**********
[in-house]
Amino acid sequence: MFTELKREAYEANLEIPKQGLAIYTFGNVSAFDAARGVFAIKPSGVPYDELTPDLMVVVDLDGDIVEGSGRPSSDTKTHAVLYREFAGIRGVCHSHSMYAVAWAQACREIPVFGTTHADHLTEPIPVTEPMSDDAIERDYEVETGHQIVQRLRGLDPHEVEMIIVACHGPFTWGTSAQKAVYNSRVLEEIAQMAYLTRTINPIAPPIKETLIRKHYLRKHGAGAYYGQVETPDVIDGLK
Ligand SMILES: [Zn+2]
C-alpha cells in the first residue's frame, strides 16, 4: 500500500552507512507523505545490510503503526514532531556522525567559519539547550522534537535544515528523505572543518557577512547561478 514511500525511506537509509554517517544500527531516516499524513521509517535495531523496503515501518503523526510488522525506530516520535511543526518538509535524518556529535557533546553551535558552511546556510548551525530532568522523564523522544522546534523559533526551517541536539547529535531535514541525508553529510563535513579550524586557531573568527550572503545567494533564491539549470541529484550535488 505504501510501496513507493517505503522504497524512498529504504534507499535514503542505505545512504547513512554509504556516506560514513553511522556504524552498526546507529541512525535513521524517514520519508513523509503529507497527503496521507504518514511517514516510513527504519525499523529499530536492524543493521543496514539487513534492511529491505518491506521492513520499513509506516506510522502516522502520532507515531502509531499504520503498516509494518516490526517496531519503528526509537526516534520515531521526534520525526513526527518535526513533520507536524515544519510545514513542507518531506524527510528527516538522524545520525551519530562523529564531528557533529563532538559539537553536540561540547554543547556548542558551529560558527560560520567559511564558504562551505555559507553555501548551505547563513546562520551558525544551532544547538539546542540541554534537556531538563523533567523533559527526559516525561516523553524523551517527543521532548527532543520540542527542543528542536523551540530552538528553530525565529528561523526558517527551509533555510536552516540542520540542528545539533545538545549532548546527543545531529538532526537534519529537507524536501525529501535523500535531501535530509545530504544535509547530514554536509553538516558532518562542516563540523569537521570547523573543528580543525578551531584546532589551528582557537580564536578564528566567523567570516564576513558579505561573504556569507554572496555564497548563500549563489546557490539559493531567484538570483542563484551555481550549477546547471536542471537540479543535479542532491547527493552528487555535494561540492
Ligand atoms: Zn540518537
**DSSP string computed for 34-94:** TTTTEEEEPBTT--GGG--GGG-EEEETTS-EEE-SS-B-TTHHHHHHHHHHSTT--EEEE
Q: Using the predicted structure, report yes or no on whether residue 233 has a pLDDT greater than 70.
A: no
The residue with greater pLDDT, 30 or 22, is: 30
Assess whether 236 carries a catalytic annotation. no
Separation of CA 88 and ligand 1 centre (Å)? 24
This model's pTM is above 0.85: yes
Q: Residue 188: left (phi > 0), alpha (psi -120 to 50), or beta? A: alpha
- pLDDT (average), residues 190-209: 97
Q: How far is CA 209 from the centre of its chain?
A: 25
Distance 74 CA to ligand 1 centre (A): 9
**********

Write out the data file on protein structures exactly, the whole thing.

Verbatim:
[in-house]
Amino acid sequence: MFTELKREAYEANLEIPKQGLAIYTFGNVSAFDAARGVFAIKPSGVPYDELTPDLMVVVDLDGDIVEGSGRPSSDTKTHAVLYREFAGIRGVCHSHSMYAVAWAQACREIPVFGTTHADHLTEPIPVTEPMSDDAIERDYEVETGHQIVQRLRGLDPHEVEMIIVACHGPFTWGTSAQKAVYNSRVLEEIAQMAYLTRTINPIAPPIKETLIRKHYLRKHGAGAYYGQVETPDVIDGLK
Ligand SMILES: [Zn+2]
C-alpha cells in the first residue's frame, strides 16, 4: 500500500552507512507523505545490510503503526514532531556522525567559519539547550522534537535544515528523505572543518557577512547561478 514511500525511506537509509554517517544500527531516516499524513521509517535495531523496503515501518503523526510488522525506530516520535511543526518538509535524518556529535557533546553551535558552511546556510548551525530532568522523564523522544522546534523559533526551517541536539547529535531535514541525508553529510563535513579550524586557531573568527550572503545567494533564491539549470541529484550535488 505504501510501496513507493517505503522504497524512498529504504534507499535514503542505505545512504547513512554509504556516506560514513553511522556504524552498526546507529541512525535513521524517514520519508513523509503529507497527503496521507504518514511517514516510513527504519525499523529499530536492524543493521543496514539487513534492511529491505518491506521492513520499513509506516506510522502516522502520532507515531502509531499504520503498516509494518516490526517496531519503528526509537526516534520515531521526534520525526513526527518535526513533520507536524515544519510545514513542507518531506524527510528527516538522524545520525551519530562523529564531528557533529563532538559539537553536540561540547554543547556548542558551529560558527560560520567559511564558504562551505555559507553555501548551505547563513546562520551558525544551532544547538539546542540541554534537556531538563523533567523533559527526559516525561516523553524523551517527543521532548527532543520540542527542543528542536523551540530552538528553530525565529528561523526558517527551509533555510536552516540542520540542528545539533545538545549532548546527543545531529538532526537534519529537507524536501525529501535523500535531501535530509545530504544535509547530514554536509553538516558532518562542516563540523569537521570547523573543528580543525578551531584546532589551528582557537580564536578564528566567523567570516564576513558579505561573504556569507554572496555564497548563500549563489546557490539559493531567484538570483542563484551555481550549477546547471536542471537540479543535479542532491547527493552528487555535494561540492
Ligand atoms: Zn540518537
**DSSP string computed for 34-94:** TTTTEEEEPBTT--GGG--GGG-EEEETTS-EEE-SS-B-TTHHHHHHHHHHSTT--EEEE
Q: Using the predicted structure, report yes or no on whether residue 233 has a pLDDT greater than 70.
A: no
The residue with greater pLDDT, 30 or 22, is: 30
Assess whether 236 carries a catalytic annotation. no
Separation of CA 88 and ligand 1 centre (Å)? 24
This model's pTM is above 0.85: yes
Q: Residue 188: left (phi > 0), alpha (psi -120 to 50), or beta? A: alpha
- pLDDT (average), residues 190-209: 97
Q: How far is CA 209 from the centre of its chain?
A: 25
Distance 74 CA to ligand 1 centre (A): 9